Developers speak a foreign language. I say that lovingly as a writer and designer.
Most of our clients are non-developers. They are absolutely brilliant, and know their company inside and out. But they aren't used to the alien and confusing syntax that software developers speak. While client education is important to our process, (all our clients get access to our Playbook that outlines vocabulary, tools and languages) we also educate our developers on how to communicate with clients, regardless of whether they're showcasing a project for C-level managers or collaborating with interns.
Creating a common language that both developers and business people can speak/understand is necessary for a successful collaborative project. Every failed project can attribute at least some of the results to miscommunication.
About a decade ago, we moved away from using a traditional waterfall approach to project management and started using Agile development processes. This move gave developers the flexibility they needed to iterate and make a better product, and business people to be able to manage and assess timelines, milestones and budgets.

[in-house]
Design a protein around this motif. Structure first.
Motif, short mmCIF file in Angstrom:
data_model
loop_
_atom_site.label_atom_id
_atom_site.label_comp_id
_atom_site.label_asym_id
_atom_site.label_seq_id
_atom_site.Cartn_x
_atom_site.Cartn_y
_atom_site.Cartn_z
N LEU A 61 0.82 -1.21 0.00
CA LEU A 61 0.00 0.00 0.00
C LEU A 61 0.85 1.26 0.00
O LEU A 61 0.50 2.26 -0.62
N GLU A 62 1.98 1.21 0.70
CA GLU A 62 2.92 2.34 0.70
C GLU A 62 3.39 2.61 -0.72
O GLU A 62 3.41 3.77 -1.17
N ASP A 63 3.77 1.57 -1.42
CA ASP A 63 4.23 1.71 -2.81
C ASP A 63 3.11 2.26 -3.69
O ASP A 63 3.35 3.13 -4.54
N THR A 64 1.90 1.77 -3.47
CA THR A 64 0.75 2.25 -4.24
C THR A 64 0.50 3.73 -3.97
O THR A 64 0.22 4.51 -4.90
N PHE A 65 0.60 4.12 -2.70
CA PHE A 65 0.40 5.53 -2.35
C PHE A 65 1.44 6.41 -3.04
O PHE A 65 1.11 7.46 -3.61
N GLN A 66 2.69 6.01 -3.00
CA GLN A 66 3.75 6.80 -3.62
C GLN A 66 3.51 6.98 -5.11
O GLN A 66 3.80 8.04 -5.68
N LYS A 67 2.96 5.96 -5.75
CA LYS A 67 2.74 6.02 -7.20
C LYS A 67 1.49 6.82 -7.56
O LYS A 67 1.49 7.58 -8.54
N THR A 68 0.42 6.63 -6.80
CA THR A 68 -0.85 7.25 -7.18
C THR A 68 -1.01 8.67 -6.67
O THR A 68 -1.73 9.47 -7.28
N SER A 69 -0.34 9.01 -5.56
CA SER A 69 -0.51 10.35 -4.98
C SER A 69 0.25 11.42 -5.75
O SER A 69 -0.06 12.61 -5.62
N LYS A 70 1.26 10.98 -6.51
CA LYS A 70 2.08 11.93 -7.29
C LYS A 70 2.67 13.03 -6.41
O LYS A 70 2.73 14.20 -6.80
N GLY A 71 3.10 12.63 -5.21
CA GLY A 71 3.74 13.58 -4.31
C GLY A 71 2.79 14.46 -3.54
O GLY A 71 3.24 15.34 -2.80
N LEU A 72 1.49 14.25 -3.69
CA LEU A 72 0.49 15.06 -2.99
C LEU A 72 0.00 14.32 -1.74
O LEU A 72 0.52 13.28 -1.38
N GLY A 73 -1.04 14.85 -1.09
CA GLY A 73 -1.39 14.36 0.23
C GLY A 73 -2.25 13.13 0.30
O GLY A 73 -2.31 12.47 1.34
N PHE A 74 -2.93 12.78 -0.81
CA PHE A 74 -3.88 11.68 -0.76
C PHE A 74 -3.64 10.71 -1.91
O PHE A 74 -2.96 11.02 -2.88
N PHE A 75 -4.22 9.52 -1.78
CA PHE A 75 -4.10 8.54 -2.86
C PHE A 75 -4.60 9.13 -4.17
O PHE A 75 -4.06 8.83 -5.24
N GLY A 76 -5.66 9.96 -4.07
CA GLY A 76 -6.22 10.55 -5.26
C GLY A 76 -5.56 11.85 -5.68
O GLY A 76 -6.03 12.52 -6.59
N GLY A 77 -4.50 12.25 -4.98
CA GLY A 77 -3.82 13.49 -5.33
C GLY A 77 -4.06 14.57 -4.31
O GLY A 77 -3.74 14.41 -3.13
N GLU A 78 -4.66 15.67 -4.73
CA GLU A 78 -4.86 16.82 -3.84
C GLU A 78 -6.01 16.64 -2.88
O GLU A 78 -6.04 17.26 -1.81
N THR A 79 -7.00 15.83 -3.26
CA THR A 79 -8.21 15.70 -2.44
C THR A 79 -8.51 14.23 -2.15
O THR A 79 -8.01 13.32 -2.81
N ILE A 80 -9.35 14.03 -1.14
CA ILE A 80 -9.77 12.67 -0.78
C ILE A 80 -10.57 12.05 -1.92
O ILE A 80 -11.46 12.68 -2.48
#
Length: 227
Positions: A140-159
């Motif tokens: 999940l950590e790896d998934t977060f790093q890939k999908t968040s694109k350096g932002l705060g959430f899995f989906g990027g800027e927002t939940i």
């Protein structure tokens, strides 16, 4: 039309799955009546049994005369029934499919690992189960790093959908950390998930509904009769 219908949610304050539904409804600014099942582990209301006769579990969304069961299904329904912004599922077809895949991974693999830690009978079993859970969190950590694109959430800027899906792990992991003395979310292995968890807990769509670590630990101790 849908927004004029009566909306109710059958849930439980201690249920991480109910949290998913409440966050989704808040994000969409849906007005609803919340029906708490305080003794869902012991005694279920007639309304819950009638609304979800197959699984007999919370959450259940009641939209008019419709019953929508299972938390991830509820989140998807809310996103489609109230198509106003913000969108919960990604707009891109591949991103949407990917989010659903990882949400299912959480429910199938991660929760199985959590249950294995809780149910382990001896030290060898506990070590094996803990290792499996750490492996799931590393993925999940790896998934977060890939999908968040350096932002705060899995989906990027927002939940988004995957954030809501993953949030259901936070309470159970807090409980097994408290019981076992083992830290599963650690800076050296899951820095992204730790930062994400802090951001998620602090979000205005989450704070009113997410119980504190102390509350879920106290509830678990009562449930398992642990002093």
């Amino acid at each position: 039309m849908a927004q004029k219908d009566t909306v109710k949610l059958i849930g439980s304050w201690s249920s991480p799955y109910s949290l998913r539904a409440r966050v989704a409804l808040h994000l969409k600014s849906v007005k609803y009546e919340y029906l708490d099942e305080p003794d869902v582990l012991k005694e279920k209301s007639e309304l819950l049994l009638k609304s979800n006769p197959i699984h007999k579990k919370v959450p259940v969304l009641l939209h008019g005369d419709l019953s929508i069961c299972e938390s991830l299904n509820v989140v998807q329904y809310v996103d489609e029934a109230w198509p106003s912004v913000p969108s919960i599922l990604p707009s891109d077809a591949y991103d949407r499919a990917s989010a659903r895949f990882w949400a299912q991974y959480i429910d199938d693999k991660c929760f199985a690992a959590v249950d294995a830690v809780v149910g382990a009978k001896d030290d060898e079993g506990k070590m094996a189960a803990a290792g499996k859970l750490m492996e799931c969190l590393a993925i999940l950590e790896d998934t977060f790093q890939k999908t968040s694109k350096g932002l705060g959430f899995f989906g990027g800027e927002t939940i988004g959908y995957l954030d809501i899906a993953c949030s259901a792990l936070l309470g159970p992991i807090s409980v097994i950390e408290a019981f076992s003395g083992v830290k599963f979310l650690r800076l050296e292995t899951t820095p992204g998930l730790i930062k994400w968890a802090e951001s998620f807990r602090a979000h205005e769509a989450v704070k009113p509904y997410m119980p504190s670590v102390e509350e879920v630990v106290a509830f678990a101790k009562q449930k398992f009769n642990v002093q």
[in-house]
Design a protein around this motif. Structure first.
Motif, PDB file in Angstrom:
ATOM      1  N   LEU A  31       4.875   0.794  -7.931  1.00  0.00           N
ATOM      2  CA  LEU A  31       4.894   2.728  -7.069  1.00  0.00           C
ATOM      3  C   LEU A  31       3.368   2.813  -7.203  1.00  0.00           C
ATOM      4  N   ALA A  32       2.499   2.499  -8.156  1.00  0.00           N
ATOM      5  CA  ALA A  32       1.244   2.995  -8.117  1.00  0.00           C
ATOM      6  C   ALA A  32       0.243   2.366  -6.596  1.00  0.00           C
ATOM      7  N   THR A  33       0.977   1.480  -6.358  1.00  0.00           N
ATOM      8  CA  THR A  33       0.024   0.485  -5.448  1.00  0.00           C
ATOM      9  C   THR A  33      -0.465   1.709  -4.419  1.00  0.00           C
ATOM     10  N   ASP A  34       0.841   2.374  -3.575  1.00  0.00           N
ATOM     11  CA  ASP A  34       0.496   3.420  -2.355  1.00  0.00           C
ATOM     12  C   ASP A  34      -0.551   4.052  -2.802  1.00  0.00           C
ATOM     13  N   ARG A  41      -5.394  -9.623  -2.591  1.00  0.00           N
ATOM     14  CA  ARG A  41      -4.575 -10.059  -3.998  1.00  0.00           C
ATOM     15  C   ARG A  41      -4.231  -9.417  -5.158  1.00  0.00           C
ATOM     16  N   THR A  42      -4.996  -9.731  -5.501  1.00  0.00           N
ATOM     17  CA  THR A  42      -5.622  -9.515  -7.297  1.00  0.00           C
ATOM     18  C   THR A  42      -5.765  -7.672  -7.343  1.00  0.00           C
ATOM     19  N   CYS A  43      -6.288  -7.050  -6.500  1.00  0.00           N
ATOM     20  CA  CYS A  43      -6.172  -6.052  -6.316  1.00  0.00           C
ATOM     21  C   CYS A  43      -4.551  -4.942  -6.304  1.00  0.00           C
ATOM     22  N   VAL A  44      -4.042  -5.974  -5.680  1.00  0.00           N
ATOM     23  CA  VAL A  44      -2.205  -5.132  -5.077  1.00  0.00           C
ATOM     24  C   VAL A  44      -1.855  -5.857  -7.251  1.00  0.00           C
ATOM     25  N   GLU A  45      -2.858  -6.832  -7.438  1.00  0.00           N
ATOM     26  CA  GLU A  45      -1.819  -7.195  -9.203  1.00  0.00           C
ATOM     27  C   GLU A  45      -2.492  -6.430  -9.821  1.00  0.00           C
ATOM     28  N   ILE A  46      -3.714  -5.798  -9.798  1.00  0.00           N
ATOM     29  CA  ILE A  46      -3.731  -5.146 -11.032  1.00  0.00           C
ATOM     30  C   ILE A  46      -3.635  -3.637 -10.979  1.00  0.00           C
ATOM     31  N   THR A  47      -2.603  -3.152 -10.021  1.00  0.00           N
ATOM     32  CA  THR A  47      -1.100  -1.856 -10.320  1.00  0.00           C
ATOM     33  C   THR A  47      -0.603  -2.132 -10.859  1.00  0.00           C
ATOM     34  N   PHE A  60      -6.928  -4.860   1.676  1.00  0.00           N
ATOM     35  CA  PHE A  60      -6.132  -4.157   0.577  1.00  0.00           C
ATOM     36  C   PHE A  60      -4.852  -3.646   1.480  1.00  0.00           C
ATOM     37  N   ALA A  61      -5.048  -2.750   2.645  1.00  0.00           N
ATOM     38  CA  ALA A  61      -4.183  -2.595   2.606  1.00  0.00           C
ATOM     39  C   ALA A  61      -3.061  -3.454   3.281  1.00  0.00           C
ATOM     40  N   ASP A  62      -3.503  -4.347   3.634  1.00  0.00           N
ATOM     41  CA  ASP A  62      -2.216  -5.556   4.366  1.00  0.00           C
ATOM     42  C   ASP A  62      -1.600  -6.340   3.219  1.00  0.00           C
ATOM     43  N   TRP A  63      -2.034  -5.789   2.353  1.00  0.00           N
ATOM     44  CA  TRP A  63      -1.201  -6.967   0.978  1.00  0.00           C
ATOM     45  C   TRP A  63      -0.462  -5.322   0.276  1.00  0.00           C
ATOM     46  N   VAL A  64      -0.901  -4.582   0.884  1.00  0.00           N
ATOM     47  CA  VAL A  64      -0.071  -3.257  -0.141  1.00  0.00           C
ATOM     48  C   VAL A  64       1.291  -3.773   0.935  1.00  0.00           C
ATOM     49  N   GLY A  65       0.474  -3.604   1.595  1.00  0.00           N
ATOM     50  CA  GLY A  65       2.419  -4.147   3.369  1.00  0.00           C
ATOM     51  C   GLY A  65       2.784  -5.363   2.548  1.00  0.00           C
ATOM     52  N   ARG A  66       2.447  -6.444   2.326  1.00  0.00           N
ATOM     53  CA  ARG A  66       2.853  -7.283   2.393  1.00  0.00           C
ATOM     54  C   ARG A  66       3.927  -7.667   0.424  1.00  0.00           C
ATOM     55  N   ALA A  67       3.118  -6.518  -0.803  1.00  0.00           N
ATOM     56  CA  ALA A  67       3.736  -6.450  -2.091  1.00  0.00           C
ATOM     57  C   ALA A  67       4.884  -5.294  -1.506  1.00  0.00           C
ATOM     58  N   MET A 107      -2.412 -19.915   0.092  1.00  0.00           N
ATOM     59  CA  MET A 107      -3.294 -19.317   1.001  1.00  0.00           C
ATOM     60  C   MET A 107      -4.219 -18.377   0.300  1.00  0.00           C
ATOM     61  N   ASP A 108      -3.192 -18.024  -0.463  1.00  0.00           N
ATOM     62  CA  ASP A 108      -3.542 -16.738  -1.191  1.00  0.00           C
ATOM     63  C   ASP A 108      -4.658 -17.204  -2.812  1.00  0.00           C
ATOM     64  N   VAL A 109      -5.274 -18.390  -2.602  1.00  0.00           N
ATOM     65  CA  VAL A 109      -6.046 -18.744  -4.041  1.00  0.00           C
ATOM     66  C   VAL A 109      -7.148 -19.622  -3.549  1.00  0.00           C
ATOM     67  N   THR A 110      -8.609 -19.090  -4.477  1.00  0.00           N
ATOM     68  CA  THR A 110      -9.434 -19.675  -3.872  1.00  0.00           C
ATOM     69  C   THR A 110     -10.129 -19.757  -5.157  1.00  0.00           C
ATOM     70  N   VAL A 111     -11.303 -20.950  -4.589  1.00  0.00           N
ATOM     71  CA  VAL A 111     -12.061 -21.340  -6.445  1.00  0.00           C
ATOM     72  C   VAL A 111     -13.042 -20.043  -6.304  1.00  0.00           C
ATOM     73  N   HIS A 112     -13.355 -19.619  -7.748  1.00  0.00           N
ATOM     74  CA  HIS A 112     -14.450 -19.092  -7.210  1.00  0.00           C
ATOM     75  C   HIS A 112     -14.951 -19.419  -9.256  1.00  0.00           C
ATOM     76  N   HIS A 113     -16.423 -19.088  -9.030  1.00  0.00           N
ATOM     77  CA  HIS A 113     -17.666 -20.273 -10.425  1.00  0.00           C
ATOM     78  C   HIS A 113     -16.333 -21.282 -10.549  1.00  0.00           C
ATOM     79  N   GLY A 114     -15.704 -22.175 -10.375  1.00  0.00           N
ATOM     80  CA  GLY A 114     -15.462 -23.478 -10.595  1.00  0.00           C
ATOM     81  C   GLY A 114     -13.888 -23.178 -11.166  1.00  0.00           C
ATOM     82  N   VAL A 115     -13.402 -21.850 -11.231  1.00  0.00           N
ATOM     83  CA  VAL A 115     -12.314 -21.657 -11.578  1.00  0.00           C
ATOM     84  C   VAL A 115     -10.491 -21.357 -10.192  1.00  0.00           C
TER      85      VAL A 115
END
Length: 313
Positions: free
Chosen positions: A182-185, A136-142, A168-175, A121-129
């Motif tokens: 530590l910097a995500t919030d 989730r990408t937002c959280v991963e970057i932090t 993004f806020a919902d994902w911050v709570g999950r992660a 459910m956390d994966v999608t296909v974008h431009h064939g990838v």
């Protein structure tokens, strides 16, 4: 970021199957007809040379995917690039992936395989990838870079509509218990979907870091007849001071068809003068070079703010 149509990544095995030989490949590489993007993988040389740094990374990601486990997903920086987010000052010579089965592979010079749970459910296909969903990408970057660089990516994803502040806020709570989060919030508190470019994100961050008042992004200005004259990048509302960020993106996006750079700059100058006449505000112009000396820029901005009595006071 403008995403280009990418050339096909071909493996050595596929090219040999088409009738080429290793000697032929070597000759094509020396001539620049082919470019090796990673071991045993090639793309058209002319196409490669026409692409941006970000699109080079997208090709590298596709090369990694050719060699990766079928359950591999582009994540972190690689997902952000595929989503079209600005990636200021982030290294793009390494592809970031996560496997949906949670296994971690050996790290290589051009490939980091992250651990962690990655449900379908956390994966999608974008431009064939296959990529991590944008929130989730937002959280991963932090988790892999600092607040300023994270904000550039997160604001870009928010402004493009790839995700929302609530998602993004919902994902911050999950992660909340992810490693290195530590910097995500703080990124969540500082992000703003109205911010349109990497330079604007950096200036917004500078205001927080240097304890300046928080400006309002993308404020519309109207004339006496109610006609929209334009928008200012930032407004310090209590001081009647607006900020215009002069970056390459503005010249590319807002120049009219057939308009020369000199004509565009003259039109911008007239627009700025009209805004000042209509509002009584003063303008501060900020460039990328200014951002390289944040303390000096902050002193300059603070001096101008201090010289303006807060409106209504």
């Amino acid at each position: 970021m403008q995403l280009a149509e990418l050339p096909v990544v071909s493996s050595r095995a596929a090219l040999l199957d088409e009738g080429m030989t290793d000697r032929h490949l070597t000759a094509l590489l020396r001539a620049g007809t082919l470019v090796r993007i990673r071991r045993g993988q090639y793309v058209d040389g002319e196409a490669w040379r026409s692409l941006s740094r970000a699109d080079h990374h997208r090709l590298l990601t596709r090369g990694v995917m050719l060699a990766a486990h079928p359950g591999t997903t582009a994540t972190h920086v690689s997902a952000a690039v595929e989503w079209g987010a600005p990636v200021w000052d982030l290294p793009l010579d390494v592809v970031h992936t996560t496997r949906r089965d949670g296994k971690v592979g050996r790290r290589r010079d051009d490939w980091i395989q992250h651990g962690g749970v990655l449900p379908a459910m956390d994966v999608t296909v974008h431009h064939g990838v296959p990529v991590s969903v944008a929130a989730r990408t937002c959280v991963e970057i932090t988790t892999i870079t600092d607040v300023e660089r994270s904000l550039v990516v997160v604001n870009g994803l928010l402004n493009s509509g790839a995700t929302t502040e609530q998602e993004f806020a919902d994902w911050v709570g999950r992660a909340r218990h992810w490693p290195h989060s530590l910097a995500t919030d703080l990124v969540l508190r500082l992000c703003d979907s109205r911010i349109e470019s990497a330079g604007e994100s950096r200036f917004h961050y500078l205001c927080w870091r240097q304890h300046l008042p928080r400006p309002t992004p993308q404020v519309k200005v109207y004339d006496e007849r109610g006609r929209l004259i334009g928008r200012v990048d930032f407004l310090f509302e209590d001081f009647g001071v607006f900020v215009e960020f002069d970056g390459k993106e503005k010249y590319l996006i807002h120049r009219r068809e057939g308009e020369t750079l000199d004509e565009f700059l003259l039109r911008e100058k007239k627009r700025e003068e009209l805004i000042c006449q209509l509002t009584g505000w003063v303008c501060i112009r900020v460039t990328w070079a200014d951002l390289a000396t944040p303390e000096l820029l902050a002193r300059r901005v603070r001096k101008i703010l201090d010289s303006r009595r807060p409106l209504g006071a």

Our goal is to give clients what they actually want, not just what they approved in the contract.
Our style of Agile has changed to accommodate our client needs and internal processes. We've realized that there were pieces of the process that worked awesome, and some parts still felt like going through the motions and wasting time. We started to slim down our process and become even more efficient.which now can only be described as Agile-ish. We incorporated a lot of the ideals from the Lean Startup and from our experiences with the Google Design Sprint workshops.
We aren’t dogmatic about the way we do things, but we have borrowed from the style, ideas, and language of Agile and Lean processes.
If you're ever wondering why the heck we're doing something - it probably comes from our belief in these things:
- People and relationships over processes and tools.
- Working software over bloated documentation.
- Client collaboration over contract negotiation.
- Responding to change over following a plan.
- Don’t make any assumptions.
- Test everything!
- Build, measure, learn.